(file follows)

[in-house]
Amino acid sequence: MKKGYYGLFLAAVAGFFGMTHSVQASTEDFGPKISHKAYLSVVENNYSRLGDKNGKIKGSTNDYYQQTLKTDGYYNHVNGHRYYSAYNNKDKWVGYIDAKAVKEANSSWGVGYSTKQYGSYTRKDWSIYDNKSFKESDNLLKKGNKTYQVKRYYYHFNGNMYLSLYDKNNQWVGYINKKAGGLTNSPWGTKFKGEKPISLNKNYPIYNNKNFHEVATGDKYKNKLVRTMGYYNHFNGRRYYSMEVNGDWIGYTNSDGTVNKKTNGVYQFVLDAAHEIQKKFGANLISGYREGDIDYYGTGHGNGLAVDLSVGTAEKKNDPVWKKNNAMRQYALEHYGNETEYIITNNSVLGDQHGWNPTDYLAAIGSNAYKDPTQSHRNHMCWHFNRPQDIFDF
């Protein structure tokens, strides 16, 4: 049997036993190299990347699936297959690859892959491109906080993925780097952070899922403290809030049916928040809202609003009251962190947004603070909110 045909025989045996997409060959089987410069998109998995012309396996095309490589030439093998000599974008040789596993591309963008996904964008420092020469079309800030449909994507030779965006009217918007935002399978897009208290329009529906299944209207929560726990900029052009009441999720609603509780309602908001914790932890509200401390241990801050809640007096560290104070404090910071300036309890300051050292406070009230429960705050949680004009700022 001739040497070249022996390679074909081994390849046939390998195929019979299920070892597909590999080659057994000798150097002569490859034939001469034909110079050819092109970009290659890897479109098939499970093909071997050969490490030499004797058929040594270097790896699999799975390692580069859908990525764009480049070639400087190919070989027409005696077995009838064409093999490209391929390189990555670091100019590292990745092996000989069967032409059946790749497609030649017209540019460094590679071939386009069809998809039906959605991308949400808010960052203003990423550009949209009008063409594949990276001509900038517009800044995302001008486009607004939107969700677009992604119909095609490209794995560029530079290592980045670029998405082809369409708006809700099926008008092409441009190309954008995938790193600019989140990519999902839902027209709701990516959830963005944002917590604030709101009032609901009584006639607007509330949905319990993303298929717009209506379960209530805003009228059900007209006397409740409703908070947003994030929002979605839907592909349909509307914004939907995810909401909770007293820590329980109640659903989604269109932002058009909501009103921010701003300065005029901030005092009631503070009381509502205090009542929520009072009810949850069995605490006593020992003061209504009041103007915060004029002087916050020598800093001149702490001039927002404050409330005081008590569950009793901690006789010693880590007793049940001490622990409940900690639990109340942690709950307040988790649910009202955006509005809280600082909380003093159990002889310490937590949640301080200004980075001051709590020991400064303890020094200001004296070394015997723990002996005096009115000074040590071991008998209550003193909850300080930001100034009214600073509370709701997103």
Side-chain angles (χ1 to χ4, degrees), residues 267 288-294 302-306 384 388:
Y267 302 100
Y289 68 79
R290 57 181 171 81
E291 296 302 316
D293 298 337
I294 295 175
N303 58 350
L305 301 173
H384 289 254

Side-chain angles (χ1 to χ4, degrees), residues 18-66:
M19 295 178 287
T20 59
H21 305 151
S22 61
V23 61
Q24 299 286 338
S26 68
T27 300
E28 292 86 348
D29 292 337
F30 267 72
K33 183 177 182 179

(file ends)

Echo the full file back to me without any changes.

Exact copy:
[in-house]
Amino acid sequence: MKKGYYGLFLAAVAGFFGMTHSVQASTEDFGPKISHKAYLSVVENNYSRLGDKNGKIKGSTNDYYQQTLKTDGYYNHVNGHRYYSAYNNKDKWVGYIDAKAVKEANSSWGVGYSTKQYGSYTRKDWSIYDNKSFKESDNLLKKGNKTYQVKRYYYHFNGNMYLSLYDKNNQWVGYINKKAGGLTNSPWGTKFKGEKPISLNKNYPIYNNKNFHEVATGDKYKNKLVRTMGYYNHFNGRRYYSMEVNGDWIGYTNSDGTVNKKTNGVYQFVLDAAHEIQKKFGANLISGYREGDIDYYGTGHGNGLAVDLSVGTAEKKNDPVWKKNNAMRQYALEHYGNETEYIITNNSVLGDQHGWNPTDYLAAIGSNAYKDPTQSHRNHMCWHFNRPQDIFDF
């Protein structure tokens, strides 16, 4: 049997036993190299990347699936297959690859892959491109906080993925780097952070899922403290809030049916928040809202609003009251962190947004603070909110 045909025989045996997409060959089987410069998109998995012309396996095309490589030439093998000599974008040789596993591309963008996904964008420092020469079309800030449909994507030779965006009217918007935002399978897009208290329009529906299944209207929560726990900029052009009441999720609603509780309602908001914790932890509200401390241990801050809640007096560290104070404090910071300036309890300051050292406070009230429960705050949680004009700022 001739040497070249022996390679074909081994390849046939390998195929019979299920070892597909590999080659057994000798150097002569490859034939001469034909110079050819092109970009290659890897479109098939499970093909071997050969490490030499004797058929040594270097790896699999799975390692580069859908990525764009480049070639400087190919070989027409005696077995009838064409093999490209391929390189990555670091100019590292990745092996000989069967032409059946790749497609030649017209540019460094590679071939386009069809998809039906959605991308949400808010960052203003990423550009949209009008063409594949990276001509900038517009800044995302001008486009607004939107969700677009992604119909095609490209794995560029530079290592980045670029998405082809369409708006809700099926008008092409441009190309954008995938790193600019989140990519999902839902027209709701990516959830963005944002917590604030709101009032609901009584006639607007509330949905319990993303298929717009209506379960209530805003009228059900007209006397409740409703908070947003994030929002979605839907592909349909509307914004939907995810909401909770007293820590329980109640659903989604269109932002058009909501009103921010701003300065005029901030005092009631503070009381509502205090009542929520009072009810949850069995605490006593020992003061209504009041103007915060004029002087916050020598800093001149702490001039927002404050409330005081008590569950009793901690006789010693880590007793049940001490622990409940900690639990109340942690709950307040988790649910009202955006509005809280600082909380003093159990002889310490937590949640301080200004980075001051709590020991400064303890020094200001004296070394015997723990002996005096009115000074040590071991008998209550003193909850300080930001100034009214600073509370709701997103």
Side-chain angles (χ1 to χ4, degrees), residues 267 288-294 302-306 384 388:
Y267 302 100
Y289 68 79
R290 57 181 171 81
E291 296 302 316
D293 298 337
I294 295 175
N303 58 350
L305 301 173
H384 289 254

Side-chain angles (χ1 to χ4, degrees), residues 18-66:
M19 295 178 287
T20 59
H21 305 151
S22 61
V23 61
Q24 299 286 338
S26 68
T27 300
E28 292 86 348
D29 292 337
F30 267 72
K33 183 177 182 179